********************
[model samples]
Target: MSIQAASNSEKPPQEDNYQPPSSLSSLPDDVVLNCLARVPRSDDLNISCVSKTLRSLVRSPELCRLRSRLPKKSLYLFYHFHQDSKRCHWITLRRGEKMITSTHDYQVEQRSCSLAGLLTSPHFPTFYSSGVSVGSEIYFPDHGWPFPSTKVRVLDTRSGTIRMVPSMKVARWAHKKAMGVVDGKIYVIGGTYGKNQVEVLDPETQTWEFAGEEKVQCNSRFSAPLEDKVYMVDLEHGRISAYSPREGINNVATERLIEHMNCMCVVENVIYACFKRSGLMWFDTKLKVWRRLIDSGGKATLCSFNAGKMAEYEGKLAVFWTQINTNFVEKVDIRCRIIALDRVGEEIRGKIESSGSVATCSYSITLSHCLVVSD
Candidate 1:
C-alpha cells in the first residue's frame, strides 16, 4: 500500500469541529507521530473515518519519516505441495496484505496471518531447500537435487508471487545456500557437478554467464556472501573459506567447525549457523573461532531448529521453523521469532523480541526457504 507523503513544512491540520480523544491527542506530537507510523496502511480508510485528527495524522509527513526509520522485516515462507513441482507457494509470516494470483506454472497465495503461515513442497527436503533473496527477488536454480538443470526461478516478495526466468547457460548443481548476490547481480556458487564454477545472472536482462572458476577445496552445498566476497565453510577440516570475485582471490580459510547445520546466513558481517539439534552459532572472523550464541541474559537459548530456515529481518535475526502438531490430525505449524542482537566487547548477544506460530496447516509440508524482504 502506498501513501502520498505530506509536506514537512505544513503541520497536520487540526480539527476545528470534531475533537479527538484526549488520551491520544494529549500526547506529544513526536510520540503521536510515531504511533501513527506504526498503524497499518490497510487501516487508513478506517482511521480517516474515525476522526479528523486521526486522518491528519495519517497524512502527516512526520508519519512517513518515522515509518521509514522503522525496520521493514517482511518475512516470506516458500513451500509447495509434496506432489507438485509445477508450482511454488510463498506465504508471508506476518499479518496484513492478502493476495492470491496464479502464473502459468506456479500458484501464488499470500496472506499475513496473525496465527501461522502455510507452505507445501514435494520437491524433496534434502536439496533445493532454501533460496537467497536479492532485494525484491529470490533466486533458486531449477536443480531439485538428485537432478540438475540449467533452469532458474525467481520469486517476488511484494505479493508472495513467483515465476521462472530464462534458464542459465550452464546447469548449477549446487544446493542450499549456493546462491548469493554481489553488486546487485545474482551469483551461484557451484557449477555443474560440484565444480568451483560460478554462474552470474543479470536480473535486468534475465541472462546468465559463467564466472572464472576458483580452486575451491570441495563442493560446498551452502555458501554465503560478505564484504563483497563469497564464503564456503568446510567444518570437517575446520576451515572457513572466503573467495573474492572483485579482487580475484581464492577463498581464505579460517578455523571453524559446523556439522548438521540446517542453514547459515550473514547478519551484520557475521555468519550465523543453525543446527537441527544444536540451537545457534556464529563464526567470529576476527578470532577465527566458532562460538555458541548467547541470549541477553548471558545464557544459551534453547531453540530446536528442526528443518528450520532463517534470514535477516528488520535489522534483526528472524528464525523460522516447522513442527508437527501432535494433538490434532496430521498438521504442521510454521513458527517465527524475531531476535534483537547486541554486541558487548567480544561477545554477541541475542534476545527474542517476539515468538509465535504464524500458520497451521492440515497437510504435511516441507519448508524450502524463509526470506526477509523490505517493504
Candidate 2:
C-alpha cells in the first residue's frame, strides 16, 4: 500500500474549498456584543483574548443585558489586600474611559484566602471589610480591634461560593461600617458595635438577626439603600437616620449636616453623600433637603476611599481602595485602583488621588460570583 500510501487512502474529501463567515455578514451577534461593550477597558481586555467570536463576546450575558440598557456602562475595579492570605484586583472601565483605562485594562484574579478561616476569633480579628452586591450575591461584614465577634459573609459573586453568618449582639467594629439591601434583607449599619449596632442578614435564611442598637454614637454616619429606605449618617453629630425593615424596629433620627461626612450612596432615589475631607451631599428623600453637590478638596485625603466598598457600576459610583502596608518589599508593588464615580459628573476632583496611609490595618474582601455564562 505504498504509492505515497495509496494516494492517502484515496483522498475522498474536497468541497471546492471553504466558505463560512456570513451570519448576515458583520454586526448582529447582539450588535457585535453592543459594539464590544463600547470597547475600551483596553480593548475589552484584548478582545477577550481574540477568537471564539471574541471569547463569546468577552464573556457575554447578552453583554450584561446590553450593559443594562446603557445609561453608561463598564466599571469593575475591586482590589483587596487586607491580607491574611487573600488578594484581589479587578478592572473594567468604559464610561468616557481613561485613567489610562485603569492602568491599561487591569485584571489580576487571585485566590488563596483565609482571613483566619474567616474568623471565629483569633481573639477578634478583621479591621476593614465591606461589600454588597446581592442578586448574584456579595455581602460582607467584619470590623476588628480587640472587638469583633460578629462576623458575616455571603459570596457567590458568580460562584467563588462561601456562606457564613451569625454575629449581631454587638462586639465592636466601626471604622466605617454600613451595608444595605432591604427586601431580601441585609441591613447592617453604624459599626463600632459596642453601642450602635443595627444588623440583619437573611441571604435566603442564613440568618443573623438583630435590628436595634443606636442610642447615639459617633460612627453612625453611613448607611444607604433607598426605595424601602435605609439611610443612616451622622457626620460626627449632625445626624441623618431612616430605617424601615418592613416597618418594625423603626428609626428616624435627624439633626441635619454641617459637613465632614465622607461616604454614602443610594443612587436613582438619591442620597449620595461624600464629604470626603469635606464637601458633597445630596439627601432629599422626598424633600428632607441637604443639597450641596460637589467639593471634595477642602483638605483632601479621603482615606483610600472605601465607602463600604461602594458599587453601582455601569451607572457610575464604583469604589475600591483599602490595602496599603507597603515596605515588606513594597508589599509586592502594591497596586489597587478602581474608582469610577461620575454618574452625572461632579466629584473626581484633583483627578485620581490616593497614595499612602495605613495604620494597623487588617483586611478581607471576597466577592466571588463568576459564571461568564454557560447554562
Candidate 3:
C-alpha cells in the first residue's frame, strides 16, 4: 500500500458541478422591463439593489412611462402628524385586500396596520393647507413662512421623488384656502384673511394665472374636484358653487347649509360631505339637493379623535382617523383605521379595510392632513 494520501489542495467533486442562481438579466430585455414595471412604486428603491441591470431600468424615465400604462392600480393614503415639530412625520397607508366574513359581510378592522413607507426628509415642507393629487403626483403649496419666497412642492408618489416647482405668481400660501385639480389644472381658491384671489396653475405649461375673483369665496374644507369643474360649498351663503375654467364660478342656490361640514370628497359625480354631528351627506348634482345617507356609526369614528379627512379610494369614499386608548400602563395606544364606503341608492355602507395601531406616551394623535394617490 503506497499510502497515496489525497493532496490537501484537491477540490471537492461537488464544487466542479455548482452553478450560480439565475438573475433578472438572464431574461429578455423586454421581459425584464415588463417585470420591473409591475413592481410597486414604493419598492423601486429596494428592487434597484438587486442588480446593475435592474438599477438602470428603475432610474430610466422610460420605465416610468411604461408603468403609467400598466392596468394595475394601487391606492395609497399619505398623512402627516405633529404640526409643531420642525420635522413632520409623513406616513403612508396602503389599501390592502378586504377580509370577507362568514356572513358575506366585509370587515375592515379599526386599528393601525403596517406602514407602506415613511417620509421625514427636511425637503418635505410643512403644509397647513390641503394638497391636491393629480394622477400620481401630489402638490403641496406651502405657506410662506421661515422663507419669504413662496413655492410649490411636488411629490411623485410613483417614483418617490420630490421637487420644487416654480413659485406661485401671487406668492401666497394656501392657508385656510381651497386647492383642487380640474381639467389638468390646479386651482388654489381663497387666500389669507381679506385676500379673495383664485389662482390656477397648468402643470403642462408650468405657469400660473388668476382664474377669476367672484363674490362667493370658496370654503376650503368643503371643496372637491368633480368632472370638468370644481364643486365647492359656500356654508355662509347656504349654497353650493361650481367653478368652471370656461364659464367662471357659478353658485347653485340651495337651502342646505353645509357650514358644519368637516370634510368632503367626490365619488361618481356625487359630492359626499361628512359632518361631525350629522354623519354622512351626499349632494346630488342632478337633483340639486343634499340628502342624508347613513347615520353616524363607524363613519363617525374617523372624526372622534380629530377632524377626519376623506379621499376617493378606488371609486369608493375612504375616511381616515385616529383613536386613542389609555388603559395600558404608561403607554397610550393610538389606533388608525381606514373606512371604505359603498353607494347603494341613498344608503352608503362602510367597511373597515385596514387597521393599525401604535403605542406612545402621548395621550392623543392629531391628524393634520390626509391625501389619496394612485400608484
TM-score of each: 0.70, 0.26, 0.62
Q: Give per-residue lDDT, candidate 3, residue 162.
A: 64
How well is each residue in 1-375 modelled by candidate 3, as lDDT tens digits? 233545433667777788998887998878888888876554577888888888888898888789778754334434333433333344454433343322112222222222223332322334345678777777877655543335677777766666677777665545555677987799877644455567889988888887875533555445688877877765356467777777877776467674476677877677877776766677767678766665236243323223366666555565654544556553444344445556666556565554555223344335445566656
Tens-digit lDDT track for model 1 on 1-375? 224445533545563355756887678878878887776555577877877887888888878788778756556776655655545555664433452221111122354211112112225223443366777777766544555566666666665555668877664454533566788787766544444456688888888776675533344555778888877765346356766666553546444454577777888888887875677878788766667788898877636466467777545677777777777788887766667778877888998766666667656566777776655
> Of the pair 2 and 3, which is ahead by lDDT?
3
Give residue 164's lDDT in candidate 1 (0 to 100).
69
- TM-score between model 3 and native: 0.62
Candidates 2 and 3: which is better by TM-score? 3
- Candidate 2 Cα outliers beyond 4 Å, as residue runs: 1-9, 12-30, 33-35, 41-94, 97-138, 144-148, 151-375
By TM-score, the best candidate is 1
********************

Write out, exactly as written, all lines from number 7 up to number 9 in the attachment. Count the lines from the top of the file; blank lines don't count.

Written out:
Candidate 3:
C-alpha cells in the first residue's frame, strides 16, 4: 500500500458541478422591463439593489412611462402628524385586500396596520393647507413662512421623488384656502384673511394665472374636484358653487347649509360631505339637493379623535382617523383605521379595510392632513 494520501489542495467533486442562481438579466430585455414595471412604486428603491441591470431600468424615465400604462392600480393614503415639530412625520397607508366574513359581510378592522413607507426628509415642507393629487403626483403649496419666497412642492408618489416647482405668481400660501385639480389644472381658491384671489396653475405649461375673483369665496374644507369643474360649498351663503375654467364660478342656490361640514370628497359625480354631528351627506348634482345617507356609526369614528379627512379610494369614499386608548400602563395606544364606503341608492355602507395601531406616551394623535394617490 503506497499510502497515496489525497493532496490537501484537491477540490471537492461537488464544487466542479455548482452553478450560480439565475438573475433578472438572464431574461429578455423586454421581459425584464415588463417585470420591473409591475413592481410597486414604493419598492423601486429596494428592487434597484438587486442588480446593475435592474438599477438602470428603475432610474430610466422610460420605465416610468411604461408603468403609467400598466392596468394595475394601487391606492395609497399619505398623512402627516405633529404640526409643531420642525420635522413632520409623513406616513403612508396602503389599501390592502378586504377580509370577507362568514356572513358575506366585509370587515375592515379599526386599528393601525403596517406602514407602506415613511417620509421625514427636511425637503418635505410643512403644509397647513390641503394638497391636491393629480394622477400620481401630489402638490403641496406651502405657506410662506421661515422663507419669504413662496413655492410649490411636488411629490411623485410613483417614483418617490420630490421637487420644487416654480413659485406661485401671487406668492401666497394656501392657508385656510381651497386647492383642487380640474381639467389638468390646479386651482388654489381663497387666500389669507381679506385676500379673495383664485389662482390656477397648468402643470403642462408650468405657469400660473388668476382664474377669476367672484363674490362667493370658496370654503376650503368643503371643496372637491368633480368632472370638468370644481364643486365647492359656500356654508355662509347656504349654497353650493361650481367653478368652471370656461364659464367662471357659478353658485347653485340651495337651502342646505353645509357650514358644519368637516370634510368632503367626490365619488361618481356625487359630492359626499361628512359632518361631525350629522354623519354622512351626499349632494346630488342632478337633483340639486343634499340628502342624508347613513347615520353616524363607524363613519363617525374617523372624526372622534380629530377632524377626519376623506379621499376617493378606488371609486369608493375612504375616511381616515385616529383613536386613542389609555388603559395600558404608561403607554397610550393610538389606533388608525381606514373606512371604505359603498353607494347603494341613498344608503352608503362602510367597511373597515385596514387597521393599525401604535403605542406612545402621548395621550392623543392629531391628524393634520390626509391625501389619496394612485400608484
TM-score of each: 0.70, 0.26, 0.62